first of all it is necessary to understand what a butterfly is, so here's the basic recipe: buy an option at strike 1, sell two of the same kind of options at the next higher strike, and, lastly, buy an option of the same kind at the next strike above the options sold.
here's how the standard butterfly looks on the equity we were referencing, gmcr:
|standard butterfly on gmcr|
you can see that this is a low risk/high reward kind of trade but with low probability. one should expect to see these go out with a small loss most of the time. at the peak of the sweet spot centered on 60, there is the potential for profit of $228 and the more likely loss limited to only $17.
now to break a wing, we replace the most out-of-the money option purchased with the next further out-of-the money option. in the example above that would mean buying the APR12 65 CALL instead of the APR12 62.5 CALL. here's how this transforms the trade:
|broken-wing butterfly on gmcr|
breaking the wing transforms this trade from low probability to high probability. at the peak of the sweet spot this bwb will produce $268 of profit and the flat area below 57 is a $22 profit. the trade off is that there is now a higher risk to the trade with max loss of $228 occuring for prices above $65.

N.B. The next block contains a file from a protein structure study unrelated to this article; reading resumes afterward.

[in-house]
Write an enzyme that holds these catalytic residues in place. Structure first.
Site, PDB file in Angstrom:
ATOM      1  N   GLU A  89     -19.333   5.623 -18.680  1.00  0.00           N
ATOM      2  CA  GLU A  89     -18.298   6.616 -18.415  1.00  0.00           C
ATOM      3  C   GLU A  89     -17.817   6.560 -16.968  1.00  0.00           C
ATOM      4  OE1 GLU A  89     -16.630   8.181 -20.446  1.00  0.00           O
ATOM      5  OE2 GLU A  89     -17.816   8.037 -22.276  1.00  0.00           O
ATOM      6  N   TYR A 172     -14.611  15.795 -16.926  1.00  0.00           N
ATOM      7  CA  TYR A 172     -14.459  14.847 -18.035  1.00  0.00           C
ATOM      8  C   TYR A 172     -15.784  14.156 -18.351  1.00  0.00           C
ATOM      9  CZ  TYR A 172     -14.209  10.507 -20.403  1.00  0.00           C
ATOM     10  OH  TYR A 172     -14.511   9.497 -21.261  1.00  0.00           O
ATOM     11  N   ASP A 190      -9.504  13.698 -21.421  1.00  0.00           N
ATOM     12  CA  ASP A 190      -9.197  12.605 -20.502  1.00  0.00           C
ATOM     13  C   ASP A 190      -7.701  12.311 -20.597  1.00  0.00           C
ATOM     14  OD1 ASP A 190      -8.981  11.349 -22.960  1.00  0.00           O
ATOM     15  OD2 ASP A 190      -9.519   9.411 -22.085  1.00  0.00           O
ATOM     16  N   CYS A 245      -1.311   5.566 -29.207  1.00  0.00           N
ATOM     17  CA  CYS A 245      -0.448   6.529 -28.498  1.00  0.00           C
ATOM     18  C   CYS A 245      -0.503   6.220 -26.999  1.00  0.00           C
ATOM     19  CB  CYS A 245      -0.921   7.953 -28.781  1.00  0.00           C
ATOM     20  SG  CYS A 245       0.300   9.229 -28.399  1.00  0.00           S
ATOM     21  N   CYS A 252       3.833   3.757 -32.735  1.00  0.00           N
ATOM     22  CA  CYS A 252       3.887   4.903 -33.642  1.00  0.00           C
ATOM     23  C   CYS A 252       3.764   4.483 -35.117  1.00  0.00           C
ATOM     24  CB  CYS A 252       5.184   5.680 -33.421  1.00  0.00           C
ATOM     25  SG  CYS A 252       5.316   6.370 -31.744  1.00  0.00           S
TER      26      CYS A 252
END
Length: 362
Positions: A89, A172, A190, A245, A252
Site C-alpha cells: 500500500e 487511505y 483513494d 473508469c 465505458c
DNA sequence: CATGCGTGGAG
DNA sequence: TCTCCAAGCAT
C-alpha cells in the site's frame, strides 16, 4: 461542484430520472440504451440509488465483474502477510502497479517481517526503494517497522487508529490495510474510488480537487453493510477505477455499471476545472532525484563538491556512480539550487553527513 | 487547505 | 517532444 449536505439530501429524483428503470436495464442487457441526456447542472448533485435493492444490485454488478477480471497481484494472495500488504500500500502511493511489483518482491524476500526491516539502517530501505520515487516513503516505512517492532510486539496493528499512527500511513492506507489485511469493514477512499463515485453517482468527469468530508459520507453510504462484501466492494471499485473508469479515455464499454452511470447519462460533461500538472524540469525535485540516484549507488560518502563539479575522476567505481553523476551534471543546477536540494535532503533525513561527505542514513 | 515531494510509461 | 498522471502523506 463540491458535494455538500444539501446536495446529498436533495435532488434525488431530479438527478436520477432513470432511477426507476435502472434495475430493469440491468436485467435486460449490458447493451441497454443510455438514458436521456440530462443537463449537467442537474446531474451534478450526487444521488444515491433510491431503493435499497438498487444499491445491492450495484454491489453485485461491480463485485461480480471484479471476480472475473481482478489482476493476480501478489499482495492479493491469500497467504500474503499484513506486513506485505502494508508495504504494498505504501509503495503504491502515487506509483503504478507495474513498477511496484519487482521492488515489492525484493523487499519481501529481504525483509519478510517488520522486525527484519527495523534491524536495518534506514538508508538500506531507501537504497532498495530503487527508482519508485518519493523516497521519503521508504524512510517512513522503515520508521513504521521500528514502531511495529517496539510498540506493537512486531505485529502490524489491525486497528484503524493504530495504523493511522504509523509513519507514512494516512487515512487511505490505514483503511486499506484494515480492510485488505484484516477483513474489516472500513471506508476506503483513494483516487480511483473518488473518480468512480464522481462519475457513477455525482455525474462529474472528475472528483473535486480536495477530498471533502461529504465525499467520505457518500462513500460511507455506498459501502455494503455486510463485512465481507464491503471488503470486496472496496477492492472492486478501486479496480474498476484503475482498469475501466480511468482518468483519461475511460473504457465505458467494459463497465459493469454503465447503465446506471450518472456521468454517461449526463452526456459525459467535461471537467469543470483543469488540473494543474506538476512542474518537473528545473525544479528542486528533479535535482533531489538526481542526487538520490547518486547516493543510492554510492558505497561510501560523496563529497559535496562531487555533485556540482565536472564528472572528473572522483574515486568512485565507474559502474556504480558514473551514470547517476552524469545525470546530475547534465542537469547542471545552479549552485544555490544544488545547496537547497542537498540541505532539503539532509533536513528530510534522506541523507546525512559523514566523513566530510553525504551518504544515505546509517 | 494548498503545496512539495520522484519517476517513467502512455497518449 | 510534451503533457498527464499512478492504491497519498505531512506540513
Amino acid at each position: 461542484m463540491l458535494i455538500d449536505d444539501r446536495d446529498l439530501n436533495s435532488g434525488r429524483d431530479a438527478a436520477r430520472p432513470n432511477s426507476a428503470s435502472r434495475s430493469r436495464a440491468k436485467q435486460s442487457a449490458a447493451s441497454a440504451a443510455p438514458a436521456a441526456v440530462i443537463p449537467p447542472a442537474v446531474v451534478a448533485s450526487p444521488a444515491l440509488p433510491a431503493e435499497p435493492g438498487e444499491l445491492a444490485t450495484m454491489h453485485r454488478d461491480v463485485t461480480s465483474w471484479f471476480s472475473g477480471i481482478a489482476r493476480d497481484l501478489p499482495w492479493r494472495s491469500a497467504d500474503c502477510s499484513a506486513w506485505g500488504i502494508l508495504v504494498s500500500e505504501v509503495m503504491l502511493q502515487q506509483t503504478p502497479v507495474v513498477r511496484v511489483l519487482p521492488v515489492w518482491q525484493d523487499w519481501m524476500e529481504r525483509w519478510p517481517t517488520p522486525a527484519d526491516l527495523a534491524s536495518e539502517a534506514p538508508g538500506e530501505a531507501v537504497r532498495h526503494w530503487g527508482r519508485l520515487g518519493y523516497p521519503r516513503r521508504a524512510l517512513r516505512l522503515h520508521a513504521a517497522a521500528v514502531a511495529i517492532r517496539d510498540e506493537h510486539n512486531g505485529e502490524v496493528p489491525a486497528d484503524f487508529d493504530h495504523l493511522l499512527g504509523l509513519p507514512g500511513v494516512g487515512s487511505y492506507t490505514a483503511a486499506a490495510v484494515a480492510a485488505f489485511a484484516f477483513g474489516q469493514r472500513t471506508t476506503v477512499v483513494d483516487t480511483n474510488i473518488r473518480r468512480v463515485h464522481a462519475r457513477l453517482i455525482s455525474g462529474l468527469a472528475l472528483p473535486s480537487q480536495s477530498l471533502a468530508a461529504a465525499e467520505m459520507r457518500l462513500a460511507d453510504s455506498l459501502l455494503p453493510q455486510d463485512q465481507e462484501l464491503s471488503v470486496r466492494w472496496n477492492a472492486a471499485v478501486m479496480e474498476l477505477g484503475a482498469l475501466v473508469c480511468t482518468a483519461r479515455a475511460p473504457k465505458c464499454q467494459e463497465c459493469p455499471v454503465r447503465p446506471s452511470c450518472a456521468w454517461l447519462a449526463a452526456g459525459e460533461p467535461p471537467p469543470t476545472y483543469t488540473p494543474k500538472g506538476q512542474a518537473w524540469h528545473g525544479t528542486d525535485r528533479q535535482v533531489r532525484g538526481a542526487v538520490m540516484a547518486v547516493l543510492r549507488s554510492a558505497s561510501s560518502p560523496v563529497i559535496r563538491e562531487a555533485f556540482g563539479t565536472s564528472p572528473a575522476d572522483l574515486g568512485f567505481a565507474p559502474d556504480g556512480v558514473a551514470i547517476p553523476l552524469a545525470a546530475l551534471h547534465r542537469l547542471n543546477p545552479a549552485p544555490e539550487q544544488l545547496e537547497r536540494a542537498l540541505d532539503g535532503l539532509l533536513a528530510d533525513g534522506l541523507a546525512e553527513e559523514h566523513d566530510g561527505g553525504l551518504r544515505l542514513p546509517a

these bwb's only tend to price for a credit like this when implied volatility has spiked. in this case news was released that starbucks was coming out with a single-serve coffee maker and this caused gmcr to gap down. that you can trade these bwb's reactively like this is what appeals to me. the strikes were chosen to place the sweet spot at the top of the gap, the theory being that that this is where gmcr is likely to find resistance. furthermore implied volatility is likely to decline as gmcr rises into the sweet spot which helps develop profit in this trade. for this reason, i am not sure it is wise to trade the opposite, a broken-wing put-fly, in reaction to a gap up. it is likely that they would not have the IV spike to be initiated with a credit and the tendancy of IV to increase with declining prices would work against it.